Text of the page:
Sound may not be a normal cleaning product in your house, but it is just the thing for cleaning delicate jewelry, surgical instruments, lenses, and many other small, intricate objects. Soon, it could also make cleaning big objects like houses or machines much more efficient.
Cutaway view of a loudspeaker.
By Iain, Creative Commons
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One model of an ultrasonic cleaner. This benchtop size is used by jewelers, cosmetic and tattoo professionals, dive shops, light manufacturing facilities, maintenance facilities and more.
Photo by William Rafti, William Rafti Institute
A technique called ultrasonic cleaning is often used to get rid of the dust, dirt, oils, and other particles clinging to small objects. The term ultrasonic means that the frequency of the sound waves used in this technique are higher than what a human can hear.
Hearing abilities vary from person to person, but in general a healthy, young adult can hear noises in the range of 20 Hz to 20,000 Hz. For comparison, dogs can hear noises in the range of 40 Hz to 60,000 Hz, and bats can hear noises in the range of 20 Hz to 120,000 Hz. Ultrasonic cleaners usually involve frequencies between 20,000 Hz and 40,000 Hz, but sometimes they are even higher.
Ultrasonic cleaners come in many types, from home models that cost less than $50 to industrial grade models that sell for thousands, but the underlying theory is the same. Each cleaner has a "bath" area that is filled with water (or a water-detergent mix). At the bottom of the bath there is a device that makes ultrasonic waves by vibrating up and down thousands of times each second.
Sound waves are created by vibrating molecules. When you talk to a friend, for example, the act of speaking vibrates the air molecules around your mouth in specific ways. These vibrations, or sound waves, propagate through the air and eventually vibrate your friend's ear drum. The vibrations are turned into electrical signals, which the brain interprets as sound. (For more on sound waves visit How Sound Waves Work).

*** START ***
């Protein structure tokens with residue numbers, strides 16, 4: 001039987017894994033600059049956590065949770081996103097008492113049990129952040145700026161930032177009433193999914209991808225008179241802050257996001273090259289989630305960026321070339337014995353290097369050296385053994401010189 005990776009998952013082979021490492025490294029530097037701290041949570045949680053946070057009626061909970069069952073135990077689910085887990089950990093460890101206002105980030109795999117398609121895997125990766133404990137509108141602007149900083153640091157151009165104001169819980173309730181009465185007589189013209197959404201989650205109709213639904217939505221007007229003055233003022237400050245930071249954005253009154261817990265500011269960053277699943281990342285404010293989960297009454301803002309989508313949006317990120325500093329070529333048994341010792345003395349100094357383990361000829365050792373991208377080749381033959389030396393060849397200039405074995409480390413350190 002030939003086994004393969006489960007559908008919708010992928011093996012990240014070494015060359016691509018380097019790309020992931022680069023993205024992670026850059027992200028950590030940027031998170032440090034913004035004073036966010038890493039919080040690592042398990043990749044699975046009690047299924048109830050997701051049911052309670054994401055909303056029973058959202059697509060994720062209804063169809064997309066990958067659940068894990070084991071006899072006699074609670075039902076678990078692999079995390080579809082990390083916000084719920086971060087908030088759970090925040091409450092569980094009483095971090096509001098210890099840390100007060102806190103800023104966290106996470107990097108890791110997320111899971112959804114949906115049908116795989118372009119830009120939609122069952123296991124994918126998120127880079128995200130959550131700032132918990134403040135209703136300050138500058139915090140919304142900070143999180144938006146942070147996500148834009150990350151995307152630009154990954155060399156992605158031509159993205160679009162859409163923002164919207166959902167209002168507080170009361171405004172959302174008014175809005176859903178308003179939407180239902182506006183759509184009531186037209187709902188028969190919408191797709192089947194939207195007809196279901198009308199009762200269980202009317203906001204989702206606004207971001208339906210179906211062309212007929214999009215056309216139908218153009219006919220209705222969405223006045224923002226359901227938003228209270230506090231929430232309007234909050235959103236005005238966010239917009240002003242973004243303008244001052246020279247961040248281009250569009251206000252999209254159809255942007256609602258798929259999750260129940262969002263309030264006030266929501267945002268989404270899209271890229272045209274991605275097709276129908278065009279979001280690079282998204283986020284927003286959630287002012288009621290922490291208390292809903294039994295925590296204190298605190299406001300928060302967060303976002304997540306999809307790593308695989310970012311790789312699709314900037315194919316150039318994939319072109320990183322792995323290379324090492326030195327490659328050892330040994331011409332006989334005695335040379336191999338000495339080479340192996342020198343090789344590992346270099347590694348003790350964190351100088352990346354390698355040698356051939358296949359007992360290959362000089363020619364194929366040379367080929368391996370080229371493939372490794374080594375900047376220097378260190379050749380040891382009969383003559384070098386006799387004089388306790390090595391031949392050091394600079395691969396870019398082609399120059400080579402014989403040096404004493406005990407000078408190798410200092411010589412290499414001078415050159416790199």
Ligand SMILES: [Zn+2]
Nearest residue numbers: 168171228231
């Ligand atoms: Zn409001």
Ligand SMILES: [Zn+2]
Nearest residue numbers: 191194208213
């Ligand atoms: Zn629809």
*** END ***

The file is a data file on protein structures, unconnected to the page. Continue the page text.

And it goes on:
In an ultrasonic cleaner, a wave generator is connected to a diaphragm, the cone-shaped part that vibrates inside of a speaker. The generator causes the diaphragm to vibrate at a specific frequency and amplitude. Instead of causing air molecules to vibrate like a speaker does, the diaphragm causes the water molecules in the bath to vibrate.
What does this have to do with cleaning?
The vibrations in the water cause tiny cavities (bubbles) to form, about the size of a red blood cell or bacteria. However, the constant vibrating puts pressure on the cavities—they are rapidly stretched and compressed. This causes the cavities to violently implode, and if they are near a hard surface, turn into jets of liquid traveling at high speeds. An object submerged in the bath is hit by these jets millions of times per second. On impact the jets dislodge particles like dust and oil from the object, giving it a nice cleaning. The cavities are very small, so despite the millions of collisions the process is gentle.